The Sunshine Vitamin
by Dr. Janet McKenzie, ND, MBA, BSn

Vitamin D has become highly newsworthy over the last few years as it has been suggested as a preventative aid for many common health conditions for adults, ranging from cancer to high blood pressure to multiple sclerosis, and the supportive research for larger RDA’s continues to grow. Most of what we have heard is helpful to adults but what about children? How much Vitamin D do they need, and is it advisable to provide them with supplements too?

Vitamin D is a hormone-like substance that our bodies will manufacture when the skin is directly exposed to strong sunlight. This is the most efficient way to obtain Vitamin D because a brief exposure can provide up to 10,000 International Units (IU) per day. Depending on factors such as the degree of UV light exposure and the amount of pigment contained in the skin – people with dark complexions usually need more light exposure than people with light complexions.

Sun exposure is a challenge these days because the amount of UV light is higher now than in the past, and because of the connection between UV exposure and the subsequent development of skin cancer. Recognizing this connection, medical experts advise us to minimize our exposure to the sun, regardless of the climate in which we live and how darkly pigmented our complexions might be.

This good advice inadvertently creates a problem with respect to our Vitamin D status. When sun exposure is lacking because of climate, skin pigmentation or sunscreen use, we need to make sure we get Vitamin D from other sources, such as the foods and supplements we consume.

Vitamin D plays many roles in the development and maintenance of our bodies. Where children are concerned, Vitamin D is very important for the development of healthy bones and teeth as well as healthy immune function.

Vitamin D influences bone development by regulating the behaviour of bone cells and the process of bone mineralization. It affects immunity through the presence of Vitamin D receptors located on many white blood cells. When these receptors are activated, they influence the reproduction and specialization of immune cells. There are various types of immune cells that can arise from a common “parent” cell. Vitamin D is somehow involved in the process that guides the development of the “daughter” cells into different types. More recently, research has implicated Vitamin D deficiency in the development of severe asthma, obesity and diabetes in children, so it is clear that ensuring an adequate intake of this vitamin is critically important for their overall health.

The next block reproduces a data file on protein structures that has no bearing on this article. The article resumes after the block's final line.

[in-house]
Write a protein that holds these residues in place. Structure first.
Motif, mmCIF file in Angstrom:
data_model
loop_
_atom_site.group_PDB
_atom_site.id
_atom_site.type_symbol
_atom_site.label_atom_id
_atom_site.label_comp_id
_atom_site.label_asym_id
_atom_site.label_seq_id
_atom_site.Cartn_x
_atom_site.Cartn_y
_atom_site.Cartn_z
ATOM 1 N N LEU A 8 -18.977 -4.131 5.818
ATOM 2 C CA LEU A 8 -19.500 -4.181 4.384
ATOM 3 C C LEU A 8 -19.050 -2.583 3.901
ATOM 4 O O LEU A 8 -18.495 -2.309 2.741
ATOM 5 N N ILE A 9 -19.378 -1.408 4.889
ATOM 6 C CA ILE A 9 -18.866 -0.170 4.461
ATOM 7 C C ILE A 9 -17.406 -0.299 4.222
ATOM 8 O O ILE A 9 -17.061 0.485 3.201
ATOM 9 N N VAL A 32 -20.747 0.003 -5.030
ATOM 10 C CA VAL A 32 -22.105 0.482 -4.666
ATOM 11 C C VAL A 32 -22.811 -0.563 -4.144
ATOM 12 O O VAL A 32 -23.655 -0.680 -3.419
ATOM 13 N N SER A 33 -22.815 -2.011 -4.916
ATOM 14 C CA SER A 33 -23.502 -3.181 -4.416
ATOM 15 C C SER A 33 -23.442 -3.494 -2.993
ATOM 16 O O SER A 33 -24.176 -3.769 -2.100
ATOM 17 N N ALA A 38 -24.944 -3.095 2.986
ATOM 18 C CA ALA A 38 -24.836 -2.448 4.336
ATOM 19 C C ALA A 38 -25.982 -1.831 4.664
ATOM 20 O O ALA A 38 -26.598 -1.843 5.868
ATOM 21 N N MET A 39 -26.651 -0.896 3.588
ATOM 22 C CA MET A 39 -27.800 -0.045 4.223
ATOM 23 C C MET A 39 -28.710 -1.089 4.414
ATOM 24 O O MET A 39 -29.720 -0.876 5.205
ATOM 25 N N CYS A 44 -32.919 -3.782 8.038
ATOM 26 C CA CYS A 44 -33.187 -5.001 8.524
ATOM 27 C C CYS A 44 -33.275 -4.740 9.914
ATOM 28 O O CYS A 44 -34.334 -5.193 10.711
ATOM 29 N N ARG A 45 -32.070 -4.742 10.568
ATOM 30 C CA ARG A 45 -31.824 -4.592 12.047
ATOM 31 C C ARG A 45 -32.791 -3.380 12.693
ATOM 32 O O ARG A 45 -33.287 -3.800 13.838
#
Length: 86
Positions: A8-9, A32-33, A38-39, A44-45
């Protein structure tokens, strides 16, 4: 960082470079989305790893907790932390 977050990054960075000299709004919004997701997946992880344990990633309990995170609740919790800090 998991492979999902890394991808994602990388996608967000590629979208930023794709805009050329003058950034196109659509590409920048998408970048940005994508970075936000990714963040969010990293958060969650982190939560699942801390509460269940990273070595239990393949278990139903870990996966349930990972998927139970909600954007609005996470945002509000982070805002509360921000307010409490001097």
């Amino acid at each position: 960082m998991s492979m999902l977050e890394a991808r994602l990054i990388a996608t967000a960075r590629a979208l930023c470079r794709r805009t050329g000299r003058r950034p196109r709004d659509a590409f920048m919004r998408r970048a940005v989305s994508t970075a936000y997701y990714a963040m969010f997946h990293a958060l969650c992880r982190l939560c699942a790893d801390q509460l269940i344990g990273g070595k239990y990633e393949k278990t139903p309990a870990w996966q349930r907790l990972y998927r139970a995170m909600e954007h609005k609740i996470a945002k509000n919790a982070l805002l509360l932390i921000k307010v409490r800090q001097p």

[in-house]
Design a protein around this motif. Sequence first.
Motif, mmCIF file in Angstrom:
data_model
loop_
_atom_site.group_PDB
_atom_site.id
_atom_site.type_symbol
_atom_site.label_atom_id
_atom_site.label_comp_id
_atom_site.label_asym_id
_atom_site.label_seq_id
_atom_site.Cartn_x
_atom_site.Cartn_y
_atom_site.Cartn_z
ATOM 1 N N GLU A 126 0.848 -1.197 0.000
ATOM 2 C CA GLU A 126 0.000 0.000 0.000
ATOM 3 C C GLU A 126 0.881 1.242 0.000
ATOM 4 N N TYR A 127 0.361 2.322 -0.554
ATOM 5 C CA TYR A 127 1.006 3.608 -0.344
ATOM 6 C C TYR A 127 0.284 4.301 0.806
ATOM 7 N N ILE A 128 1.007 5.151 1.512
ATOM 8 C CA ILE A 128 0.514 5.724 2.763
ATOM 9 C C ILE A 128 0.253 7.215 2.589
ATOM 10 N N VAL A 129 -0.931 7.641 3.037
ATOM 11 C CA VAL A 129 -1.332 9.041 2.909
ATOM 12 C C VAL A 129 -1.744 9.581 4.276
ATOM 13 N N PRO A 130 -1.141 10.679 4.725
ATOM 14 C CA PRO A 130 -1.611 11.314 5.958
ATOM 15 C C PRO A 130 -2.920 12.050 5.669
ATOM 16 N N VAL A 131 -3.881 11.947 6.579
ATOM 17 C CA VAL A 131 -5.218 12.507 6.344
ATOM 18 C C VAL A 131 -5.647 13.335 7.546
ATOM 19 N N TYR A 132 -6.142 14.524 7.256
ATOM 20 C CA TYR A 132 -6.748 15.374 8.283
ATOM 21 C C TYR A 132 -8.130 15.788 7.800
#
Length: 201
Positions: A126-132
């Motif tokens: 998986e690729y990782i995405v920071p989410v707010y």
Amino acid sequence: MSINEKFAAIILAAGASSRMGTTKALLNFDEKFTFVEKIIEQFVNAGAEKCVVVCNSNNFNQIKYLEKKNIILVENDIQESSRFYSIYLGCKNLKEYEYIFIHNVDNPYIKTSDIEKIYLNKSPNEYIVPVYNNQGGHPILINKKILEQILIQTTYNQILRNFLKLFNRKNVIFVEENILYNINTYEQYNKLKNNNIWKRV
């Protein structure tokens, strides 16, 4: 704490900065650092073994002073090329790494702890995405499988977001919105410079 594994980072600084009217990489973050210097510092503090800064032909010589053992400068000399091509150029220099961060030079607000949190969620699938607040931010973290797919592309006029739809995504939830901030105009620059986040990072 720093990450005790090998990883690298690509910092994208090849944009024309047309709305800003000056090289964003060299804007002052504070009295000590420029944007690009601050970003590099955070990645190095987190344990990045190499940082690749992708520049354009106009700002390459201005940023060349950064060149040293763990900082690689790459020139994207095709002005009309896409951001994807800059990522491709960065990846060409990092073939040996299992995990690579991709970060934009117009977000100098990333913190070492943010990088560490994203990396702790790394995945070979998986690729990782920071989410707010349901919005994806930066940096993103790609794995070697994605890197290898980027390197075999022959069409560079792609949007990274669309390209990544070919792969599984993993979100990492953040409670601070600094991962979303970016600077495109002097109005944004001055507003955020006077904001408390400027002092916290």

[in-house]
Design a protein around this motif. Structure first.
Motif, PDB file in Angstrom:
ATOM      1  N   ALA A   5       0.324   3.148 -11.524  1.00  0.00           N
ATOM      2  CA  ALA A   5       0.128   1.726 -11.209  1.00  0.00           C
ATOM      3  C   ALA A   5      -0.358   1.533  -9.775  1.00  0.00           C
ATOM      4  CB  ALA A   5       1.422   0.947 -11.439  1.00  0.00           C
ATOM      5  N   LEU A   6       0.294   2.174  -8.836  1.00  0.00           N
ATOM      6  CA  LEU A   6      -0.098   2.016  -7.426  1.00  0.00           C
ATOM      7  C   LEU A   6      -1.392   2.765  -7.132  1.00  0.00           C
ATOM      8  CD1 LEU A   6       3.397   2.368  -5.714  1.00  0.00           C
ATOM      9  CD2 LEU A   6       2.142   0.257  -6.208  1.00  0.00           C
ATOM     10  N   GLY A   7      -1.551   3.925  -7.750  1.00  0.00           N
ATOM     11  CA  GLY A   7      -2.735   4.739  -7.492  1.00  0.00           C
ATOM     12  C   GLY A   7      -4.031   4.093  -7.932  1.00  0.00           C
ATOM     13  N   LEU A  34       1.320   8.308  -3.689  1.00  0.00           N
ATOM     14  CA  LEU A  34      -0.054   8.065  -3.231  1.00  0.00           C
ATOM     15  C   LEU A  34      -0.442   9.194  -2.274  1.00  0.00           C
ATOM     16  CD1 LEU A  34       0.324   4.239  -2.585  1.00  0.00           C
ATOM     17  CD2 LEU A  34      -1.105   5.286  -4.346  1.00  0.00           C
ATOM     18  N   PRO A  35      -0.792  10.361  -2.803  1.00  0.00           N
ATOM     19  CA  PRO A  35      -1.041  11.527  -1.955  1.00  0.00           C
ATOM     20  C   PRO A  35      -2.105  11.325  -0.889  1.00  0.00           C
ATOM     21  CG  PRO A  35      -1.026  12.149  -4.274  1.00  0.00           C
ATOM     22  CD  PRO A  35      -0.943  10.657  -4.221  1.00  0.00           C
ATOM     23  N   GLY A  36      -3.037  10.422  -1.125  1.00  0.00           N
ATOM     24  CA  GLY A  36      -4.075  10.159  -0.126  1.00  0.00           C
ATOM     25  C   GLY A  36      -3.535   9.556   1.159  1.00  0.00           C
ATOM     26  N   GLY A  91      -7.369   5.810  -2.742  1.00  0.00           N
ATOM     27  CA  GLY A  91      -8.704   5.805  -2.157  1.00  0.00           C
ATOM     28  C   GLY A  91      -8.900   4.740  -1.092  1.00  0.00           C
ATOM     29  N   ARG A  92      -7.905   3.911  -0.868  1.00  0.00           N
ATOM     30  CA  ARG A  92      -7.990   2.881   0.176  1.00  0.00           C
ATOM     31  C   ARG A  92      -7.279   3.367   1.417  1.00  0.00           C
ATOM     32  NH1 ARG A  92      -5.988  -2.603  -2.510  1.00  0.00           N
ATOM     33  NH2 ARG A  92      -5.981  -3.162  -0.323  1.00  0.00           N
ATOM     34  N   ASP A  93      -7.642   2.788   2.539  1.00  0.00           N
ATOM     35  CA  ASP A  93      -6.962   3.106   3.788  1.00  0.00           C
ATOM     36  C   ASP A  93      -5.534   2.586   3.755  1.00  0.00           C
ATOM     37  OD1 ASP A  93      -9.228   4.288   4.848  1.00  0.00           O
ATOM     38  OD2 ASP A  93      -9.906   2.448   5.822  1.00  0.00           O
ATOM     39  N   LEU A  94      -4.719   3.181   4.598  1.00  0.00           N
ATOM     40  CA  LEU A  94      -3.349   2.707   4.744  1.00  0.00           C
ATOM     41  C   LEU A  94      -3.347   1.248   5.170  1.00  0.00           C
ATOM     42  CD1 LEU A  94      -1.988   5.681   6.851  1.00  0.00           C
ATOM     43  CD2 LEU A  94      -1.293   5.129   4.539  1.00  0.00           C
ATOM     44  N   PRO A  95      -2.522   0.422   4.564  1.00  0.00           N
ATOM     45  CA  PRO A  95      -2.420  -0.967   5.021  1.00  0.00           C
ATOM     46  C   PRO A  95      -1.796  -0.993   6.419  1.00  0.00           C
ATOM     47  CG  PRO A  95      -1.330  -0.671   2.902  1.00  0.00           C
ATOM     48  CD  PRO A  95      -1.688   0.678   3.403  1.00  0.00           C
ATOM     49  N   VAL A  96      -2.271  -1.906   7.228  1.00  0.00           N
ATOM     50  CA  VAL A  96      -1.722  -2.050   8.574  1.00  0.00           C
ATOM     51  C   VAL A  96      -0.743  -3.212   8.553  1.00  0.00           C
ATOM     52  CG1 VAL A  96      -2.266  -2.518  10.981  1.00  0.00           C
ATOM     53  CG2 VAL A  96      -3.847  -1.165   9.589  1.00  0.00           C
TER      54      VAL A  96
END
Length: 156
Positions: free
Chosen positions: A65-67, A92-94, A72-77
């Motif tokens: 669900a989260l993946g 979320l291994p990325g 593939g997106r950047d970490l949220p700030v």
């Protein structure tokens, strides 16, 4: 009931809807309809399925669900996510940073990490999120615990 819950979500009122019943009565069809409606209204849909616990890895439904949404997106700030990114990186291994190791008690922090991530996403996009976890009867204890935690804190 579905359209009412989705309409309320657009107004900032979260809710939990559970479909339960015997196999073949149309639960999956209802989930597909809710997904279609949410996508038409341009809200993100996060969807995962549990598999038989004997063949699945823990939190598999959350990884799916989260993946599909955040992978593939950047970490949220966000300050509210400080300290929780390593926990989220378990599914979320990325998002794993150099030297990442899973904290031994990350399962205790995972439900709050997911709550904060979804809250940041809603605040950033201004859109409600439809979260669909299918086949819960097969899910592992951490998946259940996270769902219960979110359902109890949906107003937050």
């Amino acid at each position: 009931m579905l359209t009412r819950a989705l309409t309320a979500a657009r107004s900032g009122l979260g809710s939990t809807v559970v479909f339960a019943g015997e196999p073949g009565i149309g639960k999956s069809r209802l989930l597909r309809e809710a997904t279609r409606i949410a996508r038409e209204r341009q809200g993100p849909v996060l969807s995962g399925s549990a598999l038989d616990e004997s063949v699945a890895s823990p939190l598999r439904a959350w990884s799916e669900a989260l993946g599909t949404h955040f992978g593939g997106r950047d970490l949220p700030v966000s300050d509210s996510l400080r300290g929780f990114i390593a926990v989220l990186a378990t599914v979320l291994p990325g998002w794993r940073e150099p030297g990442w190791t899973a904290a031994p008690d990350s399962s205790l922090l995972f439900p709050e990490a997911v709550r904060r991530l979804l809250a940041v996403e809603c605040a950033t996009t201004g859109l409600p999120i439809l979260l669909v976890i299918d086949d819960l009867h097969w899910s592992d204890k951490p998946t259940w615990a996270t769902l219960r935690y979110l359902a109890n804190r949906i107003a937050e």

Consequences of Too Little or Too Much
When we fail to get enough Vitamin D over an extended period of time, Vitamin D deficiency can develop.

Signs of Vitamin D deficiency in children include:
■ impaired bone development and growth, especially of the long bones in
the legs and arms (rickets)
■ dental problems
■ muscle spasms
■ muscle weakness

Vitamin D is a fat-soluble vitamin. This means we can build up stores of Vitamin D in the fatty tissues of our bodies. Because we can store it, it is possible to experience a toxic level of Vitamin D if we get too much of it. This is typically the result of over-supplementing.

Signs and symptoms of too much Vitamin D may include:
■ loss of appetite, nausea, vomiting
■ excessive thirst
■ excessive urination, chemical changes in the urine, possible kidney failure
■ weakness, nervousness, itching

Other dietary and health considerations can complicate the picture further. Remember, Vitamin D is a fat-soluble vitamin. As such, fat must be present in the diet for proper absorption to occur. People who do not consume enough fat from their food or who have conditions like Crohn’s disease, celiac disease or cystic fibrosis will be at risk of developing a Vitamin D deficiency. Children with epilepsy are also vulnerable to Vitamin D deficiency because anti-convulsant medications.